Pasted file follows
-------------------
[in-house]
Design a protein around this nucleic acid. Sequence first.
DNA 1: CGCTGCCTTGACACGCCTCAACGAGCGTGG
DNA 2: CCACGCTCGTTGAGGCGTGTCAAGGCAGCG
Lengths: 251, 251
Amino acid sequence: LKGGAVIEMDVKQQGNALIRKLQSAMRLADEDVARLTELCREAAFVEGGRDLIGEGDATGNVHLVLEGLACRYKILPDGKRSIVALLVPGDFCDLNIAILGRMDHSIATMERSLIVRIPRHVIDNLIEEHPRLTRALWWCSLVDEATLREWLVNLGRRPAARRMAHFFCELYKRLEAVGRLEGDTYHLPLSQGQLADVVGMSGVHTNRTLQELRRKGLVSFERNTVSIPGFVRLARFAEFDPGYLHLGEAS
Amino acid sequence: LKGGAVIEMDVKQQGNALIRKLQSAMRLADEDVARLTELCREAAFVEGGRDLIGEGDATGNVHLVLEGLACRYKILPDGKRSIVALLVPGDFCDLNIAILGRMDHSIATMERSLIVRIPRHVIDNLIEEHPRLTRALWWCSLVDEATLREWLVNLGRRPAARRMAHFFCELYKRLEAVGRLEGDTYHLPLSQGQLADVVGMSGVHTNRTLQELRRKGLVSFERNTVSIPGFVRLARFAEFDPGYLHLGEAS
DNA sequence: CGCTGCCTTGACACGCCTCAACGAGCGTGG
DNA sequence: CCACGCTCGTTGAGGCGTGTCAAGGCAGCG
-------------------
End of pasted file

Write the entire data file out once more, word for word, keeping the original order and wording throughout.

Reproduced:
[in-house]
Design a protein around this nucleic acid. Sequence first.
DNA 1: CGCTGCCTTGACACGCCTCAACGAGCGTGG
DNA 2: CCACGCTCGTTGAGGCGTGTCAAGGCAGCG
Lengths: 251, 251
Amino acid sequence: LKGGAVIEMDVKQQGNALIRKLQSAMRLADEDVARLTELCREAAFVEGGRDLIGEGDATGNVHLVLEGLACRYKILPDGKRSIVALLVPGDFCDLNIAILGRMDHSIATMERSLIVRIPRHVIDNLIEEHPRLTRALWWCSLVDEATLREWLVNLGRRPAARRMAHFFCELYKRLEAVGRLEGDTYHLPLSQGQLADVVGMSGVHTNRTLQELRRKGLVSFERNTVSIPGFVRLARFAEFDPGYLHLGEAS
Amino acid sequence: LKGGAVIEMDVKQQGNALIRKLQSAMRLADEDVARLTELCREAAFVEGGRDLIGEGDATGNVHLVLEGLACRYKILPDGKRSIVALLVPGDFCDLNIAILGRMDHSIATMERSLIVRIPRHVIDNLIEEHPRLTRALWWCSLVDEATLREWLVNLGRRPAARRMAHFFCELYKRLEAVGRLEGDTYHLPLSQGQLADVVGMSGVHTNRTLQELRRKGLVSFERNTVSIPGFVRLARFAEFDPGYLHLGEAS
DNA sequence: CGCTGCCTTGACACGCCTCAACGAGCGTGG
DNA sequence: CCACGCTCGTTGAGGCGTGTCAAGGCAGCG